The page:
• Personal details i.e. name, ID number and email
  • Jpeg photo of yourself no more that 4GB in size. A photo of just head and shoulders is best. This photo will appear on SU election publicity and on the ballot paper
  • Names and details of your proposer and seconder (see below)
  • Your Manifesto (see below). You are permitted to complete your manifesto after nomination have closed though. 


What are Proposers and Seconders?
Two different students who are willing, publically, to support your nomination. When submitting your nomination you will need to enter the name, ID number, email and telephone number of your proposer and seconder when prompted. We will be contacting them to double check so make sure they agree to this before you submit your nomination.


What is a Manifesto?
A Manifesto is statement which outlines what you hope to achieve if you are elected. It must be no longer than 500 words long. It is best to write your Manifesto before you submit your nomination, you can then copy and paste it into the online nomination form.


What about posters, fliers and other campaign publicity?
You might want to produce some campaign literature as part of your campaign. This is fine but you will need to get anything you produce authorised by the SU elections team. To do this you will need to send it to it will then be checked and you will receive authorisation via email. You must make sure you have included the SU logo on your publicity, which is available here

Some candidates like to produce a short video to support their candidature. If you upload your video onto youtube and send the link to then we will place the link next to your manifesto on the SU website so students can watch your video as well as read your manifesto.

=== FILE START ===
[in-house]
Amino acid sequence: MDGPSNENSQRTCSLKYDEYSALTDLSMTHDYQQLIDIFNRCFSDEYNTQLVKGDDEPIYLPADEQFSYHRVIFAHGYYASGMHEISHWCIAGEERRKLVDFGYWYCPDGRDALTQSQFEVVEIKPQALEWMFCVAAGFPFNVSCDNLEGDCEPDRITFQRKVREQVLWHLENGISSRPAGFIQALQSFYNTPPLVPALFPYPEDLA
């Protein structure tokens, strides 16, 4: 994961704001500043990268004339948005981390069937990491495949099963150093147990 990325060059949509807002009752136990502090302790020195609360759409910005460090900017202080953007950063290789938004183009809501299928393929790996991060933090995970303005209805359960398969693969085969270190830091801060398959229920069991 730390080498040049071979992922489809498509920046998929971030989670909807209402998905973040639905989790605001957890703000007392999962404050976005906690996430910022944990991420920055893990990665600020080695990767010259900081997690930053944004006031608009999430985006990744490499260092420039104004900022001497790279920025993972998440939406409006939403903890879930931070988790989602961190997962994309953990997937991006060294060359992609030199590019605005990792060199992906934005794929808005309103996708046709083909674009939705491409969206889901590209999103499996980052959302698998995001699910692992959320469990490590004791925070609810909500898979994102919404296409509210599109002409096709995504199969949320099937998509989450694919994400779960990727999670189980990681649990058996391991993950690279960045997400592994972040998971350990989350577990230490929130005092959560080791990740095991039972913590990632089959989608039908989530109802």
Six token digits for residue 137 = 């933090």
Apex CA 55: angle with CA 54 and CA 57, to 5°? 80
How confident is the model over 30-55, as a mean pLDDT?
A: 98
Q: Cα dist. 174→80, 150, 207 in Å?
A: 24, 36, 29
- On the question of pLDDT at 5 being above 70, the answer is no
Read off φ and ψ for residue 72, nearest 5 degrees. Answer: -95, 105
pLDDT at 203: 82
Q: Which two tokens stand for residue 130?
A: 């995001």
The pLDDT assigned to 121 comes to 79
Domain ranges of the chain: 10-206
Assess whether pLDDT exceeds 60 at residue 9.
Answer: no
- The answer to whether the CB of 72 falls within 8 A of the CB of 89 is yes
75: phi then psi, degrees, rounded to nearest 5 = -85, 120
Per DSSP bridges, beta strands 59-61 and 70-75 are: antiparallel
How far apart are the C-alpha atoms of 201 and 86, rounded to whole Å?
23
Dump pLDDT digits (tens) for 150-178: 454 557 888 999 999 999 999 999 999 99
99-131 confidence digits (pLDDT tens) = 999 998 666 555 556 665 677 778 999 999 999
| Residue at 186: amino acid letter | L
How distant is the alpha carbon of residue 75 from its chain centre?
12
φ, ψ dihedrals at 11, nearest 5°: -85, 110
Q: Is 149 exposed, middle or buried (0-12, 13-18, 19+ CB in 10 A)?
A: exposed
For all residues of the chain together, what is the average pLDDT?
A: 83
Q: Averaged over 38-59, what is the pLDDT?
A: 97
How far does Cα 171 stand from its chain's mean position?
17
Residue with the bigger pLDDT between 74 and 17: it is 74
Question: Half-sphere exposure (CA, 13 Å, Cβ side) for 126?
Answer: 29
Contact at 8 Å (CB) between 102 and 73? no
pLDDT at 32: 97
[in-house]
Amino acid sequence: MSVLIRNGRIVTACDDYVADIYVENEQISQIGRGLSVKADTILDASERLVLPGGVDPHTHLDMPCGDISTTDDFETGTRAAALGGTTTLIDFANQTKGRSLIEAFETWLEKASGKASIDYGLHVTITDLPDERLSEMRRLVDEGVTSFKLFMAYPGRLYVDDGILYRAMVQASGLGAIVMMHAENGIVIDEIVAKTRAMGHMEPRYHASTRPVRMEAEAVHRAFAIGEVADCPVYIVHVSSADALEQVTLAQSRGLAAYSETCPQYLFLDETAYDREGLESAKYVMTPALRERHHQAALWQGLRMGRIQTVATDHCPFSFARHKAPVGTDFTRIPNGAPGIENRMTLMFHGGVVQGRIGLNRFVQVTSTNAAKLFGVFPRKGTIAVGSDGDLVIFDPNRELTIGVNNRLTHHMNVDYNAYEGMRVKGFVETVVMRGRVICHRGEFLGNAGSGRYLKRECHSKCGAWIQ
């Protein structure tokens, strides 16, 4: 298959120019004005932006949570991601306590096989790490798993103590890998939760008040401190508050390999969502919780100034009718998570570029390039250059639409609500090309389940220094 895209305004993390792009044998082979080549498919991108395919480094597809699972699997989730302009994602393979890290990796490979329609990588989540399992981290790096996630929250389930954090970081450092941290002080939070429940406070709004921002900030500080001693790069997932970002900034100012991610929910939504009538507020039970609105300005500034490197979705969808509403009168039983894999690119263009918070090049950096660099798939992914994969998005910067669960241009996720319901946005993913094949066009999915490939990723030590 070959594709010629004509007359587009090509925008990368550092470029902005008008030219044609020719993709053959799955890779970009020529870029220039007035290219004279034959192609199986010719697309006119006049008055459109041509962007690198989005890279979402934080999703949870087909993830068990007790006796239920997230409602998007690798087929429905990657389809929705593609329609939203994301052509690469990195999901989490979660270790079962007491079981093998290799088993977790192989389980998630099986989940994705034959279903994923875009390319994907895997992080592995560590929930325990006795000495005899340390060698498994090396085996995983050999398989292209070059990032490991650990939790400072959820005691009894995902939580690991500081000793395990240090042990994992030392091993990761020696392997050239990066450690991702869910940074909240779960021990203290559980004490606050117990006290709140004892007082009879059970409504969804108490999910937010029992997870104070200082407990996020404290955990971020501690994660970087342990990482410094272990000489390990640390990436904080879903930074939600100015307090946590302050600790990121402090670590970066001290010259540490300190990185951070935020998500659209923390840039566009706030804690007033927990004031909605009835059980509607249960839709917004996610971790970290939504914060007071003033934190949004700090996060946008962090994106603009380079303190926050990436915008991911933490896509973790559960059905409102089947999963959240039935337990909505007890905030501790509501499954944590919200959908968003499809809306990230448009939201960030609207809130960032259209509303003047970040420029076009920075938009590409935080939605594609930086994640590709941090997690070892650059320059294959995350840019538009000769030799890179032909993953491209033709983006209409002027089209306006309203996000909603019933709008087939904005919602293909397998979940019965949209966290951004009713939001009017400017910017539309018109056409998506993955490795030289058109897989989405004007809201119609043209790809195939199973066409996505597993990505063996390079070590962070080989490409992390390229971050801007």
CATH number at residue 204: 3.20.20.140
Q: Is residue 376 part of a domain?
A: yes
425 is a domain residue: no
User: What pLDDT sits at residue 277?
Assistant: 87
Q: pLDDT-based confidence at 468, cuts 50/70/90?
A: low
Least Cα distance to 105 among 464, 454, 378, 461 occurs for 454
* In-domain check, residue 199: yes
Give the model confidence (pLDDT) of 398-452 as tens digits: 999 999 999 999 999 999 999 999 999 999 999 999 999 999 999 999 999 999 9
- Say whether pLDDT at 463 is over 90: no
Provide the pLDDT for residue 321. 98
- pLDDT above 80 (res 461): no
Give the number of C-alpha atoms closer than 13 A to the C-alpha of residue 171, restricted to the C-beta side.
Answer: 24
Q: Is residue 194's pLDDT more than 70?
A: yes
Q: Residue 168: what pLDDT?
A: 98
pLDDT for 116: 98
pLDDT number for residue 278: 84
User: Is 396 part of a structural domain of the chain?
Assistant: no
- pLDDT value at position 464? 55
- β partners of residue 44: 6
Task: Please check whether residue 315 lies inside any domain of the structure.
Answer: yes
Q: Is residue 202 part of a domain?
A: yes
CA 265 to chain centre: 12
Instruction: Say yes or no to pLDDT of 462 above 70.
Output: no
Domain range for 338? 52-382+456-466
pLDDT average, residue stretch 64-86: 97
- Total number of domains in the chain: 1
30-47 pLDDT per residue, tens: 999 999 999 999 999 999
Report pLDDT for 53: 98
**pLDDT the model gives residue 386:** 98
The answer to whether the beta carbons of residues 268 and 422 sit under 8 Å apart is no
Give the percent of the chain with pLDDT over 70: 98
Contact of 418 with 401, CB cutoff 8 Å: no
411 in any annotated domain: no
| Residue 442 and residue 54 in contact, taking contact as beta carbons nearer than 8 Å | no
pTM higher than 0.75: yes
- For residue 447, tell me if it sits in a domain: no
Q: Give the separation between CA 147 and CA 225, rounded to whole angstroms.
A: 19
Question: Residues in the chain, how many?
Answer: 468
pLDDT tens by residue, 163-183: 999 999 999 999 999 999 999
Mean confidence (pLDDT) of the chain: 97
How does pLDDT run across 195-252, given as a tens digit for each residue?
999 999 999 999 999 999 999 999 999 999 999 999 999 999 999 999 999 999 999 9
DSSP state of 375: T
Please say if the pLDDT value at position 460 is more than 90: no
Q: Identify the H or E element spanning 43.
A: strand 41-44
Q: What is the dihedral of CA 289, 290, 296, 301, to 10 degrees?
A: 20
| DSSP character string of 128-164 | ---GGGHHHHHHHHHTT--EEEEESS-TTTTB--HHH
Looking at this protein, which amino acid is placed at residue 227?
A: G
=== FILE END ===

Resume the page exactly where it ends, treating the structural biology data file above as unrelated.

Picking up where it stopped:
I have never stood in an election before – what help is available?
Most students who stand in an SU election will never have stood in an election before. The SU will provide you with lots of training and support and be there to assist you throughout the process. We have nomination briefings, candidate briefings, manifesto workshops, campaign training and informal advice and support available to all candidates.


I’m not sure if it’s is for me, I might lose!

You have nothing to lose and lots to gain, whether or not you win. Standing in an SU election is lots of fun and a great opportunity to learn more about yourself and develop useful skills such as confidence building, interpersonal, communication and organisation skills. It is also a chance to meet new people and make new friends. You will have the opportunity to gain and develop these skills whether or not you are elected. 

Where can I get more information?
Attend one of our nomination briefings. These are informal meetings where you can find out more information and ask any questions. It is a chance to have an informal chat with Students’ Union staff and officers and learn more about the election and the positions to be elected. There is no obligation and you will be committing to nothing, so pop along and have a chat. Dates and times of nomination brefiings will be posted on the above time-line duiring week beginning 30th January. 


What are Candidate Briefings?
Candidate Briefings are events all candidates must attend. At these events the Returning Officers will run through the election process and provide campaigning and other tips to candidates. We will also run through the rules and regulations which govern the election, which must be respected by candidates and their supporters. There will also be a chance to meet the other candidates and to ask any questions.